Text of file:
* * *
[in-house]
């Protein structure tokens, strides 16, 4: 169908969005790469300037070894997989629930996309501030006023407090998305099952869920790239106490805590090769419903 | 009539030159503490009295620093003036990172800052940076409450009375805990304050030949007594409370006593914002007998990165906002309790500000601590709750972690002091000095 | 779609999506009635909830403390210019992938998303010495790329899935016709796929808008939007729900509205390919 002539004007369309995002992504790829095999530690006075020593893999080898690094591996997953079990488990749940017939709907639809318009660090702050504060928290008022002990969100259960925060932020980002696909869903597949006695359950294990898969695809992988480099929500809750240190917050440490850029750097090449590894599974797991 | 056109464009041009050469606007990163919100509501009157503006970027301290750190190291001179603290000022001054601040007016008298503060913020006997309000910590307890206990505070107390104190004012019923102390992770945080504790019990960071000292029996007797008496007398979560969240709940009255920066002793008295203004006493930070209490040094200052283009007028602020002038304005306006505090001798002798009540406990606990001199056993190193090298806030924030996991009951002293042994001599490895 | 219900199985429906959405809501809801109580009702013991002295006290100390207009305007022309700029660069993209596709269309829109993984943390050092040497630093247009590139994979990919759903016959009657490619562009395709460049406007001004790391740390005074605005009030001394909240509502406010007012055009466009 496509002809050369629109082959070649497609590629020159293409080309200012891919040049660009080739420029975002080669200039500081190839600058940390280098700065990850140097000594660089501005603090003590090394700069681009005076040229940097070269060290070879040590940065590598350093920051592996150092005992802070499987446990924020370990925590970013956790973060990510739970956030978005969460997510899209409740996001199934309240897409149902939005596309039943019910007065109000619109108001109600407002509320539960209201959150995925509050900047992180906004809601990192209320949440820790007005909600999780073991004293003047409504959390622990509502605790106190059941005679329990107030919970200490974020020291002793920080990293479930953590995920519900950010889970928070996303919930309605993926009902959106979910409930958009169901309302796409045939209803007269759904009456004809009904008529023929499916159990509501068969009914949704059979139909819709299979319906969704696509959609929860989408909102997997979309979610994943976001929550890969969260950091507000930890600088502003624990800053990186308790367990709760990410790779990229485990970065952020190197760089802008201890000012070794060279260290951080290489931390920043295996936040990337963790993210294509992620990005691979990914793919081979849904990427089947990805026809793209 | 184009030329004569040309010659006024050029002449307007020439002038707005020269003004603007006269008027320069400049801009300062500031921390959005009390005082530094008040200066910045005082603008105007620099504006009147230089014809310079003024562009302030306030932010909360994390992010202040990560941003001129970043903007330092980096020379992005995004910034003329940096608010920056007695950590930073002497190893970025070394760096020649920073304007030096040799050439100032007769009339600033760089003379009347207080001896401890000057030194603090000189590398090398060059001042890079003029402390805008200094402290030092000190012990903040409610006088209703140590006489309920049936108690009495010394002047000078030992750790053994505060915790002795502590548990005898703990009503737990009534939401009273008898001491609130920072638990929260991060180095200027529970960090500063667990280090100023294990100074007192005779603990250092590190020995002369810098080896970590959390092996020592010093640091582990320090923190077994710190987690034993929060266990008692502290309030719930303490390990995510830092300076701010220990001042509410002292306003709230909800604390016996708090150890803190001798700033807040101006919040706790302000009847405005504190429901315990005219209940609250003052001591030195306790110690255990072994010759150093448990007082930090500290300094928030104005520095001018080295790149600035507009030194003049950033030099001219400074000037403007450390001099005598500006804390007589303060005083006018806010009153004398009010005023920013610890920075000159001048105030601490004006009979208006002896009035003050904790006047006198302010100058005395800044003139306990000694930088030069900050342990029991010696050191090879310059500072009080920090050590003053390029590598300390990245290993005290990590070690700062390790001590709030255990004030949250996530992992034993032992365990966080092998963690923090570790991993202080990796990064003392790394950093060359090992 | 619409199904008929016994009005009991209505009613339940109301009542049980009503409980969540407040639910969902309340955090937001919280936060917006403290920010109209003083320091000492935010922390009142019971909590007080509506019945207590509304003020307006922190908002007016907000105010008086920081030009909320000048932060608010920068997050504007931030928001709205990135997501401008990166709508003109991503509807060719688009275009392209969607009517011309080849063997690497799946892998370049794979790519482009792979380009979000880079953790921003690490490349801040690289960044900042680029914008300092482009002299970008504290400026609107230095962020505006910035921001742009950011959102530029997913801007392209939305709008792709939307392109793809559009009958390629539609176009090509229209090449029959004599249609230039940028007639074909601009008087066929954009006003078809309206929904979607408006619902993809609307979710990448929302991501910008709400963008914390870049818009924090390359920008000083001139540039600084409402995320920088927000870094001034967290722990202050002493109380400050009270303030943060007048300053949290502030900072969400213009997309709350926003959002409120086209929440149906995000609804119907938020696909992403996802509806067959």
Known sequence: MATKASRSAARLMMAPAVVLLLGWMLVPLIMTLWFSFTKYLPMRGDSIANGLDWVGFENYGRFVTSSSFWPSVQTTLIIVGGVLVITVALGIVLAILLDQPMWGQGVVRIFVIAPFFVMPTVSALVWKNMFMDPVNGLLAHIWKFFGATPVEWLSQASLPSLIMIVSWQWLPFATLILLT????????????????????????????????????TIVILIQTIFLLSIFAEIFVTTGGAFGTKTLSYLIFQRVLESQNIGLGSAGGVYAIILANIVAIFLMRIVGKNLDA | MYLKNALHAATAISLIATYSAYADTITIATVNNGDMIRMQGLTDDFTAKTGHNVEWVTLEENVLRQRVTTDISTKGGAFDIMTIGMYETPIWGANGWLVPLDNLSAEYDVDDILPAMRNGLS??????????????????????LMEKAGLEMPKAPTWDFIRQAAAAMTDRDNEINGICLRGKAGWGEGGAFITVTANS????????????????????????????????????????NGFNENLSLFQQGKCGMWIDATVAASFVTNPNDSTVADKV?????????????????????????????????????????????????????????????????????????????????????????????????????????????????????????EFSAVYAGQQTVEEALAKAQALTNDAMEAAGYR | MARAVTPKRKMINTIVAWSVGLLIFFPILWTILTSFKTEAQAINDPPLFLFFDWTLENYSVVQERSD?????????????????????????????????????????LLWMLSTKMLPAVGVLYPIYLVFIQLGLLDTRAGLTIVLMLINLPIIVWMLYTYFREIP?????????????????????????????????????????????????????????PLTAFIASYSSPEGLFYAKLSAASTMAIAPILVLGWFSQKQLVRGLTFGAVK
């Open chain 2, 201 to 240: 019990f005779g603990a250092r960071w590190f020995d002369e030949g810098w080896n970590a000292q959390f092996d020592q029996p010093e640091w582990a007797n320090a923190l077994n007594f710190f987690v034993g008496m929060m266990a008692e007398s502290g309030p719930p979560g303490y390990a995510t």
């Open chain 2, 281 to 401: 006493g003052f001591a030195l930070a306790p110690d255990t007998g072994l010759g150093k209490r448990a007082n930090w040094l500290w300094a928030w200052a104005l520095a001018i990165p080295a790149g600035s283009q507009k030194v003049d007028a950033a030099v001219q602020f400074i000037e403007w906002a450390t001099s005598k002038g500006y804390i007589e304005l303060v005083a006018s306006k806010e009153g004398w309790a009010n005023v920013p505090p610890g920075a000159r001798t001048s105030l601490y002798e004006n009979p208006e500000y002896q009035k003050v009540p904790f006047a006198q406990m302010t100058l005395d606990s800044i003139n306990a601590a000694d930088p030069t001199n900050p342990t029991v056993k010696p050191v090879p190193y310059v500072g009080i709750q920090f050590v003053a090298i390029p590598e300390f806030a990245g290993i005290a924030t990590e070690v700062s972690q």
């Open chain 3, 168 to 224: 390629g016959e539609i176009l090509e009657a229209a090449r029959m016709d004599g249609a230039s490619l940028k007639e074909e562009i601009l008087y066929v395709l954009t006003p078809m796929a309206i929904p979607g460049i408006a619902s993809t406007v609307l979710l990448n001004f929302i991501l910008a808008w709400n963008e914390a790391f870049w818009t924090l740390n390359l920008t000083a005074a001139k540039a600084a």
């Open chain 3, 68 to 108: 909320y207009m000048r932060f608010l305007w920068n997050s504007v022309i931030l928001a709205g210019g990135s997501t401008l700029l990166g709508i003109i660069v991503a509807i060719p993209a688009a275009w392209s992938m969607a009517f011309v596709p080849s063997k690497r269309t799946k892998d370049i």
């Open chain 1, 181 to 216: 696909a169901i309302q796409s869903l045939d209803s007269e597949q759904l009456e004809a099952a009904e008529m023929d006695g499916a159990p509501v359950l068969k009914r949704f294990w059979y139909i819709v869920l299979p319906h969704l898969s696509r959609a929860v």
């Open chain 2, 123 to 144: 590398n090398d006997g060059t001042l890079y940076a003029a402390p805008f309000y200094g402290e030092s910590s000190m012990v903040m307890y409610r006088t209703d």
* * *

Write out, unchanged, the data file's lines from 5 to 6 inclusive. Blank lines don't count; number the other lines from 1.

């Open chain 2, 281 to 401: 006493g003052f001591a030195l930070a306790p110690d255990t007998g072994l010759g150093k209490r448990a007082n930090w040094l500290w300094a928030w200052a104005l520095a001018i990165p080295a790149g600035s283009q507009k030194v003049d007028a950033a030099v001219q602020f400074i000037e403007w906002a450390t001099s005598k002038g500006y804390i007589e304005l303060v005083a006018s306006k806010e009153g004398w309790a009010n005023v920013p505090p610890g920075a000159r001798t001048s105030l601490y002798e004006n009979p208006e500000y002896q009035k003050v009540p904790f006047a006198q406990m302010t100058l005395d606990s800044i003139n306990a601590a000694d930088p030069t001199n900050p342990t029991v056993k010696p050191v090879p190193y310059v500072g009080i709750q920090f050590v003053a090298i390029p590598e300390f806030a990245g290993i005290a924030t990590e070690v700062s972690q």
């Open chain 3, 168 to 224: 390629g016959e539609i176009l090509e009657a229209a090449r029959m016709d004599g249609a230039s490619l940028k007639e074909e562009i601009l008087y066929v395709l954009t006003p078809m796929a309206i929904p979607g460049i408006a619902s993809t406007v609307l979710l990448n001004f929302i991501l910008a808008w709400n963008e914390a790391f870049w818009t924090l740390n390359l920008t000083a005074a001139k540039a600084a």